In addition to our integration, we are thrilled to announce HubSpot’s investment in OneSignal as we continue to collaborate with their team in powering a remarkable messaging experience for our customers.
One of HubSpot’s product leaders, Will DeKrey, shared a bit more about the collaboration between the two businesses after spending many months working with their team:
“Through HubSpot’s Marketing Hub, we want to help marketing teams craft remarkable customer journeys across all the channels where their audiences spend time. This integration combines the ease of use and deep power of HubSpot’s marketing automation capabilities with reach into critical channels where OneSignal has honed specific expertise, like web and mobile push. Marketers are going to be thrilled with the ability to tap into these channels, align their push messages with the rest of their marketing, and leverage CRM data along the way to power personalization.”
On top of a great product, OneSignal has built a wonderful team, and we are excited to support them in their next phase of growth. We have no doubt that the OneSignal journey is just getting started, and we are honored to be a part of that story.
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Auto-applied recommendations might save people time but it might not always be the smartest way to spend your ad money.
Please visit Search Engine Land for the full article.
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Plus, competitors and regulators are sounding off on FLoC.
Please visit Search Engine Land for the full article.
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Initially launched in the 1990s, webinar caché once relied heavily on live events. In 2020 however, we saw the webinar space pivot towards the on-demand space.
Lower cost per acquisition, ease of automation, and building trusted archives of useful content has proven to be an effective means of moving customers through the sales funnel.
While not as flashy as their live counterparts, evergreen webinars have proven to be the tortoise to live webinar’s hare: slow and steady sees the highest ROI.
Read on to find out our favorite evergreen webinar strategies, platforms, and the features that make all the difference.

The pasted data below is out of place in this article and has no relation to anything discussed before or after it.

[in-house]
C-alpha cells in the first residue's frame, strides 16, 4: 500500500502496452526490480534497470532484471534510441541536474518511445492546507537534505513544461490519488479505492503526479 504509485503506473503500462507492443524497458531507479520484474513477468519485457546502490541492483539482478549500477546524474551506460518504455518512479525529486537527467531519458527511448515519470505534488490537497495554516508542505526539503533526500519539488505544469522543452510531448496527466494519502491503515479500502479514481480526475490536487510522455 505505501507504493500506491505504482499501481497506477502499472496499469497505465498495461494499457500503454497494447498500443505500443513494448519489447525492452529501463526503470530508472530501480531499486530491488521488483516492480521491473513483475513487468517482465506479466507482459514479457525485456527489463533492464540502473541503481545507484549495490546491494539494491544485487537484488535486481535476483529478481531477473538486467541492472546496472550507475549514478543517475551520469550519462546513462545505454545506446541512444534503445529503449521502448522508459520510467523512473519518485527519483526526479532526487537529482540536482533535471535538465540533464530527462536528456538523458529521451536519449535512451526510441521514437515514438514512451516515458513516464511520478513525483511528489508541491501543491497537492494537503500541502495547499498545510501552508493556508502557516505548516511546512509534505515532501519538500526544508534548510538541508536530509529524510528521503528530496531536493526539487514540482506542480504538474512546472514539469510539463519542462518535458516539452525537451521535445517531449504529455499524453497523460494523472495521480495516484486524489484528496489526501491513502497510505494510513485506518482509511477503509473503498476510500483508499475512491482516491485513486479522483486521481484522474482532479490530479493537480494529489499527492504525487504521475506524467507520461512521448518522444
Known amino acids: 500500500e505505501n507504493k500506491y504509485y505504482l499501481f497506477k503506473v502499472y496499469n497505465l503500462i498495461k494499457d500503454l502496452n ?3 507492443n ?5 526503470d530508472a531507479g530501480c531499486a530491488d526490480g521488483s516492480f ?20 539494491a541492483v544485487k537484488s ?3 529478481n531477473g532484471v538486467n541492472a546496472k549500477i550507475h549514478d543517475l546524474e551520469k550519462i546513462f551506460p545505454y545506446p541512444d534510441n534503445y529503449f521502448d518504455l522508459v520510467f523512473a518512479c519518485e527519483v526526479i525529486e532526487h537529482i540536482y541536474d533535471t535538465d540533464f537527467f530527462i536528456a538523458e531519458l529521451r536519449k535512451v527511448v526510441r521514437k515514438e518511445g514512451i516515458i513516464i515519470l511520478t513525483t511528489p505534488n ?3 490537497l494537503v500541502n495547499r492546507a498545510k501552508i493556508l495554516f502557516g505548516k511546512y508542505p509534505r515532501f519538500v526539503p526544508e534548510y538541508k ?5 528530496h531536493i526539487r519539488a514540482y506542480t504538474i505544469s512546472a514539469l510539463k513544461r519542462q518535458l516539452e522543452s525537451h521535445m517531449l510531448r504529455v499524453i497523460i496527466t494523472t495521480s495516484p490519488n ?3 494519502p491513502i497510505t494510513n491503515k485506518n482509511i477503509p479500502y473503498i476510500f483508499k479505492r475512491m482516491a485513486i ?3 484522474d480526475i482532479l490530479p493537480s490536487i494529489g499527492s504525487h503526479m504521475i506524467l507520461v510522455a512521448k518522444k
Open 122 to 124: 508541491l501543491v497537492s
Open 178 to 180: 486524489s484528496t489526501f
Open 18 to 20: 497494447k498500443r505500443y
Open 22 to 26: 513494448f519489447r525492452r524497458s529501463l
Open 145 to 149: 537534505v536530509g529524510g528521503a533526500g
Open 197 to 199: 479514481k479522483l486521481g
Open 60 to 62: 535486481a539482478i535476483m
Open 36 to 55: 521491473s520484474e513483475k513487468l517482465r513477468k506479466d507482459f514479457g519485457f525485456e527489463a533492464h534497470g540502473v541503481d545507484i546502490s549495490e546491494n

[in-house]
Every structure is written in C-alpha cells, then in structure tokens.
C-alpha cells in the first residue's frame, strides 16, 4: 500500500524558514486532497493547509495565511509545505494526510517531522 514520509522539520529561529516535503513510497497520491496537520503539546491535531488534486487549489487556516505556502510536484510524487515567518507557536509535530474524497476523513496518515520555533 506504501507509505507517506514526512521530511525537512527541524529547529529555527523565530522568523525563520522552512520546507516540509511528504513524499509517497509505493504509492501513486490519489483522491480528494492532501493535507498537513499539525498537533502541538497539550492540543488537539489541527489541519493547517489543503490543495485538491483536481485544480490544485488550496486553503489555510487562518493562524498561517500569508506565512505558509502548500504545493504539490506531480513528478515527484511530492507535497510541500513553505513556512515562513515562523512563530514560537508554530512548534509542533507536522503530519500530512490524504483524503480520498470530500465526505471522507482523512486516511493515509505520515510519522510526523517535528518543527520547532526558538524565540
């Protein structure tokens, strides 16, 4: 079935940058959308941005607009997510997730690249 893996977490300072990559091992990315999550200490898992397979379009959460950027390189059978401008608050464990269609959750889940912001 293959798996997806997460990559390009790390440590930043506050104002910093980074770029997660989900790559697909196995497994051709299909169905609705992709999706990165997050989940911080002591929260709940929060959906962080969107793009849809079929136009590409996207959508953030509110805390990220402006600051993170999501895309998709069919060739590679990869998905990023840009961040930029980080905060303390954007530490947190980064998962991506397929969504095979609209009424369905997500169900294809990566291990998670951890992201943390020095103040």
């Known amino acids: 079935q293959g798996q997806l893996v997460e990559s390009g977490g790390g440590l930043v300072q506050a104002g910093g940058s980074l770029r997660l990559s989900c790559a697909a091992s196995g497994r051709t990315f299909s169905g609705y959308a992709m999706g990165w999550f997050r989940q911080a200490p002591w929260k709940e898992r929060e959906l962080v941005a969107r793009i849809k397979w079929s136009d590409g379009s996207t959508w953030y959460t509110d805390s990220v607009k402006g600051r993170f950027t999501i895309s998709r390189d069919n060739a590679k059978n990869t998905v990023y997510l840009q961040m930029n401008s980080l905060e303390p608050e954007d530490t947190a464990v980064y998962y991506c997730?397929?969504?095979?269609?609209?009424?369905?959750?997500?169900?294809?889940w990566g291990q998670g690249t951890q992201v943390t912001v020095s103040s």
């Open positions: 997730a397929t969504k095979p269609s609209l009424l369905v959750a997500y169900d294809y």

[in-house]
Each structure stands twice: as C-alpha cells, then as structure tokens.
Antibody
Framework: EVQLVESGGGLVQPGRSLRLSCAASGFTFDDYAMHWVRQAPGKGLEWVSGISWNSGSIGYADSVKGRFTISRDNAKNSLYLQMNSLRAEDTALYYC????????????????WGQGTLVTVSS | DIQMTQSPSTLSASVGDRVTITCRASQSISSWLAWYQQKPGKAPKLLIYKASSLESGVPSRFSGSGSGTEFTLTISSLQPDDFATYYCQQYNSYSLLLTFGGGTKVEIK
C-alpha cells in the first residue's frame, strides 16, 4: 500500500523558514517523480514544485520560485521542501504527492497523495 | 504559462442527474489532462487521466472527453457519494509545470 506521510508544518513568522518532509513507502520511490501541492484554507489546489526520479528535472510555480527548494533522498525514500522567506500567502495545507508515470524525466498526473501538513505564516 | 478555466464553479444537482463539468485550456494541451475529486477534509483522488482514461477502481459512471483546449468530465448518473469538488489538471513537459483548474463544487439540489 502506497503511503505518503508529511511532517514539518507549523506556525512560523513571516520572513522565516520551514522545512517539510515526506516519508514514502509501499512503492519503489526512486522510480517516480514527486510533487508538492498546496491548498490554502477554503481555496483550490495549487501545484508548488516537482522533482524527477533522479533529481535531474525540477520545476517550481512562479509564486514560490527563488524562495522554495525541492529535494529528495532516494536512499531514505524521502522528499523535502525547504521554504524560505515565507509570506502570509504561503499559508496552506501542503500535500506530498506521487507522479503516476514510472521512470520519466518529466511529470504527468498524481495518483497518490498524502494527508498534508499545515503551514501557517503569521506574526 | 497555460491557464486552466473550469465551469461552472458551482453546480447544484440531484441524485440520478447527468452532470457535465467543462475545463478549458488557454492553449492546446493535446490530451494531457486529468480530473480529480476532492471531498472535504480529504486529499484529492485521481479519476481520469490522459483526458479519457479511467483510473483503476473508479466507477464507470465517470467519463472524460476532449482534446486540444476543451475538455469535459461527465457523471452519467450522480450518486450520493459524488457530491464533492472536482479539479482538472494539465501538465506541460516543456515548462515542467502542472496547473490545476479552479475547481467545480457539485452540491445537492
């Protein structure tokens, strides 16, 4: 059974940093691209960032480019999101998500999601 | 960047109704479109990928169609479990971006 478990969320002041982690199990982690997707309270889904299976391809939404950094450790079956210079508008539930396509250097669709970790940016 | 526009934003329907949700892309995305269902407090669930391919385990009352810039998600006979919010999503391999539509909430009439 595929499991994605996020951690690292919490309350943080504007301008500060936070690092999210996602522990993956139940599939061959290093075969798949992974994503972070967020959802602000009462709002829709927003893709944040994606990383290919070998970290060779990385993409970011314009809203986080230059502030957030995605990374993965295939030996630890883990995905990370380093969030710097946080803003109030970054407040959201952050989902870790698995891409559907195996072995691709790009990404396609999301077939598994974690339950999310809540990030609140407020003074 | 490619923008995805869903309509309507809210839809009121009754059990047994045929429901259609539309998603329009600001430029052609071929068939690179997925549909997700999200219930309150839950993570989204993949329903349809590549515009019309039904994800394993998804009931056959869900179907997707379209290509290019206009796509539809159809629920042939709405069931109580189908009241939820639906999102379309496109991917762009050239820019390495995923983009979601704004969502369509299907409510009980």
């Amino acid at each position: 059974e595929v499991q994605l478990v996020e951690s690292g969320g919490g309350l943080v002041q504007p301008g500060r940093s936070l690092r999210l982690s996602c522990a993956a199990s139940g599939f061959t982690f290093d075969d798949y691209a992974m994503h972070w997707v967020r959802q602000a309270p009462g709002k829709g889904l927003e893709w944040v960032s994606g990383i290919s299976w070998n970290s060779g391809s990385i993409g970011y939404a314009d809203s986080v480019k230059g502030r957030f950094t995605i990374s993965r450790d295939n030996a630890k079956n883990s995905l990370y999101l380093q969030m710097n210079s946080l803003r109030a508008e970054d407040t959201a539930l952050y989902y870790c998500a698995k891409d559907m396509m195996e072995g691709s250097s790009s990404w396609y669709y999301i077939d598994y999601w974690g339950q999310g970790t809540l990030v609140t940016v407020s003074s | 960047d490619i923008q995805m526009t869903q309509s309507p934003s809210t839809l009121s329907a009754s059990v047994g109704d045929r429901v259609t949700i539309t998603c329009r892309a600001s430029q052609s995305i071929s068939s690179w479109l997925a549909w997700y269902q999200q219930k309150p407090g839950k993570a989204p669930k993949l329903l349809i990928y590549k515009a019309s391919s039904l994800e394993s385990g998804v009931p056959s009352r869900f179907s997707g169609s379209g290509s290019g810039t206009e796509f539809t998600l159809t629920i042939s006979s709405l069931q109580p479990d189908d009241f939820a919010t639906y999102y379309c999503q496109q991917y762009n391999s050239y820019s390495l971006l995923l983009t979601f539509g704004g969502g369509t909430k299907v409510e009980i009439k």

When businesses first started producing webinars the focus skewed towards live events. Shiny and new, the promise of a live webinar meant capturing highly engaged leads and collaborating with top talent in the industry.
But live webinars are also a ton of work to produce: weeks of coordination, marketing emails, practice sessions, and script revisions, building slide decks… all for an hour of learning, and a few days of follow-ups.
Tons of information was lost every time a webinar ended because there wasn’t a simple way to re-watch it. Until we got savvy and started recording them.
Hosting your recorded webinars is an excellent, low-cost way to create resources for potential or existing customers about how to get set up with your software, walking through common blockers customers face, or demonstrating new tools and integrations.
There are many different content streams you can explore with automated webinars, including:
When done well, a library of on-demand webinars can act as an automated sales engine, driving customers through the funnel as they engage with and learn more about your product. It’s a great example of working smarter rather than harder.
It’s tempting to outsource your software search to Google. While you might end up with a good product, you may be missing key features that will make your presentations really hum. You may even end up over-investing. The first thing to do? Understand your limits.
A webinar program can be a simple automated recording … or it can be as complicated as producing live television. Understand the complexity of your program by asking yourself the following questions:
On-demand webinars don’t have the same immediate converting power as their live counterparts. Instead, they excel at customer education and establishing brand trust.
Think of your on-demand webinars as a way to educate your existing customer base, and as an ambassador of your company’s willingness to help.
Here are two of the best software for hosting, recording, and delivering evergreen webinars:
Demio is a best-of-both-worlds option. While its focus is on producing live webinars, Demio makes it simple to build out your webinar library. We love how Demio:
The OG in evergreen webinar technology, EverWebinar is all about the on-demand life. If you’re looking to set it and … well, not forget it, but not be beholden either, this is the software for you.
A great option for a company new to the webinar game, WebinarGeek is a simple software that makes it easy to host and record live webinars and turn them into a library of evergreen, on-demand content.
Along with standard features like customizable waiting rooms and robust analytics, we also love:
As we all get more literate in live and on-demand educational content, the need for simple and sleek webinar platforms will continue to grow.
By determining your needs early and taking the time to test various platforms, your team will be ready to educate, inspire, and get a better understanding of your customer base so you can help them make great decisions.
Reblogged 5 days ago from blog.hubspot.com